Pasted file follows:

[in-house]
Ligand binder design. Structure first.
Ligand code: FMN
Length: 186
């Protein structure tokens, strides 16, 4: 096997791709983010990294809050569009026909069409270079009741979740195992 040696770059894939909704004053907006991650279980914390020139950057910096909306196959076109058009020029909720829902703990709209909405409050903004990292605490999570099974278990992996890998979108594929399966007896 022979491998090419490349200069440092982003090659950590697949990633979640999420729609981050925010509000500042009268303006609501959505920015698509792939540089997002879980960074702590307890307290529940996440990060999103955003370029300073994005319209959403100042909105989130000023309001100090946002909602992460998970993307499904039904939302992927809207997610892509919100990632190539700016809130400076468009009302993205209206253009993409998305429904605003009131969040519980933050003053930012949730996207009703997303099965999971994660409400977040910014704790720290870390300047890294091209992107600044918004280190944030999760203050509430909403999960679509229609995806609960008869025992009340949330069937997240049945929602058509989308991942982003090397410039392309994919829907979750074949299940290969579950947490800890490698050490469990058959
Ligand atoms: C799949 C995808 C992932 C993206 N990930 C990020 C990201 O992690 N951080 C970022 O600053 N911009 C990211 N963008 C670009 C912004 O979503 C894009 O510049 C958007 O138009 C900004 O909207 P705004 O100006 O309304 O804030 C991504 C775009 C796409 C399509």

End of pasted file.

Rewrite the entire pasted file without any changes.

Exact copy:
[in-house]
Ligand binder design. Structure first.
Ligand code: FMN
Length: 186
């Protein structure tokens, strides 16, 4: 096997791709983010990294809050569009026909069409270079009741979740195992 040696770059894939909704004053907006991650279980914390020139950057910096909306196959076109058009020029909720829902703990709209909405409050903004990292605490999570099974278990992996890998979108594929399966007896 022979491998090419490349200069440092982003090659950590697949990633979640999420729609981050925010509000500042009268303006609501959505920015698509792939540089997002879980960074702590307890307290529940996440990060999103955003370029300073994005319209959403100042909105989130000023309001100090946002909602992460998970993307499904039904939302992927809207997610892509919100990632190539700016809130400076468009009302993205209206253009993409998305429904605003009131969040519980933050003053930012949730996207009703997303099965999971994660409400977040910014704790720290870390300047890294091209992107600044918004280190944030999760203050509430909403999960679509229609995806609960008869025992009340949330069937997240049945929602058509989308991942982003090397410039392309994919829907979750074949299940290969579950947490800890490698050490469990058959
Ligand atoms: C799949 C995808 C992932 C993206 N990930 C990020 C990201 O992690 N951080 C970022 O600053 N911009 C990211 N963008 C670009 C912004 O979503 C894009 O510049 C958007 O138009 C900004 O909207 P705004 O100006 O309304 O804030 C991504 C775009 C796409 C399509």